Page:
Retrieve the clothespin.  Re-thread it.  Re-sew it.  Have some tea.


 After all the cords are firmly sewed in place, trim your threads.
Then lay the two fabric sections down, right sides together, and sew a 1/2 inch seam on each side, from the  bottom edge to the neck opening.


While it's still wrong-side-out, tuck the hanger inside to check the fit and adjust as needed.  You don't want a super-tight fit, but neither do you want the ends all floppy and droopy.  And you want enough extra fabric along the bottom edge to sew it up without your presser foot tangling with the hanger, when we get to that step.

Trim the seam if you like.
Snip the curve.

 We note another DAISNAID step here, as I tried sewing up one side before I attached the clothespins.  Mistake.

 Turn the cover right side out and press it--

Insert the hanger, popping the hook out of that opening you left at the top.

Use a zipper foot for the final step, if you prefer.
Match up the bottom edges and carefully stitch about 1/8 inch from the edge.

If you're like me, run out of bobbin thread 2 inches from the end.  Have more tea.

 Rethread the bobbin.
Finish stitching.
Trim the loose threads.

And you're done!

 You'll find lots of uses for it, I promise.
Kitchen, bathroom, laundry room, even outside on the clothesline.

Feel free to comment if you have questions, successes, or a better way to do any step.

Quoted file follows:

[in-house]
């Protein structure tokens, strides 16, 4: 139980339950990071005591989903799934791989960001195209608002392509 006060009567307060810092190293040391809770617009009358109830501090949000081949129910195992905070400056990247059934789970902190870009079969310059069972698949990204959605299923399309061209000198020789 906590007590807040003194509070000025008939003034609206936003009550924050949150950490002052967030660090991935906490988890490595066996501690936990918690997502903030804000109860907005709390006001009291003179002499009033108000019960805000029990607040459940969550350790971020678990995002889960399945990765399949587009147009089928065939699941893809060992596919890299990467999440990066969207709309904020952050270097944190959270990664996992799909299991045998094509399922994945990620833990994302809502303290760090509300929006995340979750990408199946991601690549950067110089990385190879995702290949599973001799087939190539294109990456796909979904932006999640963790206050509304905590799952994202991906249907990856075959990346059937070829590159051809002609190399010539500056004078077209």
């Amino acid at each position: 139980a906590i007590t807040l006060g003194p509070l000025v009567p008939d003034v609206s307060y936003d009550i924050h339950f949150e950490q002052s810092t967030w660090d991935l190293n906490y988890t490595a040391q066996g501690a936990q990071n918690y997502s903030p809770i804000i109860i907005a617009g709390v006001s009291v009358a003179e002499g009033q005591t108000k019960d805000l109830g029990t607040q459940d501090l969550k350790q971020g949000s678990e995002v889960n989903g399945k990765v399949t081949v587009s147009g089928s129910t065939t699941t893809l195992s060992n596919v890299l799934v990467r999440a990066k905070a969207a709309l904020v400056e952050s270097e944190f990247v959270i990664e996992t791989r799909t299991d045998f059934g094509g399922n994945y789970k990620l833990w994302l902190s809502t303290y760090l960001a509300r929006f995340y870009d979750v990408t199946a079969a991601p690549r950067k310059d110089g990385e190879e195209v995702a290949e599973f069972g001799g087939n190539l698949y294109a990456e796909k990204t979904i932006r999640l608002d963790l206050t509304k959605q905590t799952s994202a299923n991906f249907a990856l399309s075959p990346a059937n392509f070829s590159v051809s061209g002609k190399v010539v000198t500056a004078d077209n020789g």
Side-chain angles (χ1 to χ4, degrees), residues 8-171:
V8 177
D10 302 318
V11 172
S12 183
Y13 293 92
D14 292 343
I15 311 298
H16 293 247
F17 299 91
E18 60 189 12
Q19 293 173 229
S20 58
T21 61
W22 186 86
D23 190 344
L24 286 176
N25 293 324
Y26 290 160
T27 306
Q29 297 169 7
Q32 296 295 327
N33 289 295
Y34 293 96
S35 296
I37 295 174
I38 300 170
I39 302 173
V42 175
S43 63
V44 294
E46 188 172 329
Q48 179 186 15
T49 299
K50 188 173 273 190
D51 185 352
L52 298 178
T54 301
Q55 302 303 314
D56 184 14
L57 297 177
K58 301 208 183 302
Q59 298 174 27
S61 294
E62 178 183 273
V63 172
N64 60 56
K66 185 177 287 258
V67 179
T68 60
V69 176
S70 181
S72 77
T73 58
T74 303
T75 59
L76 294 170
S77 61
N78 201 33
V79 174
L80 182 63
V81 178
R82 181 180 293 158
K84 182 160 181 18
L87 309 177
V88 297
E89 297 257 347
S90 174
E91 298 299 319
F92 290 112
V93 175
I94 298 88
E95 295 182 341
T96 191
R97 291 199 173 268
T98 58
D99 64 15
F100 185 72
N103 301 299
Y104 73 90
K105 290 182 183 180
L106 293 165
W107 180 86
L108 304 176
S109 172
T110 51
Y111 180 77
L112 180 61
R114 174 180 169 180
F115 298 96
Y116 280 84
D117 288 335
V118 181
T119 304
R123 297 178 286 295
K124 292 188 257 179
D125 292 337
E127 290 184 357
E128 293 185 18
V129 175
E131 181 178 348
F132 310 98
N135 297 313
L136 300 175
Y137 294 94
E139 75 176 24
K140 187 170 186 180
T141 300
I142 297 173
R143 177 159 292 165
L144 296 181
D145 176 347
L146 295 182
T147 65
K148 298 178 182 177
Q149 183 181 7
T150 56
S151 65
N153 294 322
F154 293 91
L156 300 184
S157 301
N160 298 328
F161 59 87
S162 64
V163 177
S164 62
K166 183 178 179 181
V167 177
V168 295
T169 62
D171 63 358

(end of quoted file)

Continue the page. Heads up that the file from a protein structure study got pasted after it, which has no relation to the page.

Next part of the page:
1. I don't sew, but I loved this tutorial simply for the humor. :-)

  2. Crystal, if you are going to sew and enjoy doing it, you must have a well developed sense of humor. What else is there to do but sigh and laugh when you sew in a sleeve upside down - twice - and you have been sewing for years?!

  3. Ooh! I can't wait to give this a try.

    One question--the zigzags holding the cotton string in place will still be exposed on the back side of the finished product, is that correct?

    Great tutorial!

  4. Shari--Yes, the zigzags show on the back. I guess you could zigzag the strings onto the seam allowance only. Let me know if you try that. :-)

  5. Thank you SO much! If I didn't have a two day old baby and under orders to do "nothing" I'd pull out my sewing machine this morning!

  6. You've changed your fomat! I almost didn't recognize you!!

    Looking good, though....

  7. I have wanted something like this for years and have only found cheap plastic contraptions. I think this would make a great gift for a friend. Thank you so much. PJ

  8. I agree with PJ that it would make a good gift...anyone want to gift me one? or more?

    to let all know I'm not really this greedy/needy I'll leave this anonymous, this time

  9. I like them! I will have to make some so the short girls can help with the laundry

  10. I've done the same thing by clipping things directly onto a hanger. Not as artistic as yours but it does the same job. Some of us are just too lazy to be pretty.

  11. I just began reading your book "Tea and Trouble Brewing". I'm an avid reader and don't say this lightly -- 4 chapters in, and I am captivated!! I could gush on and on, but I won't. Instead, I'm going back to read more. (Oh, and to order your other books) I also plan to go back and read all your blog entries -- can't wait!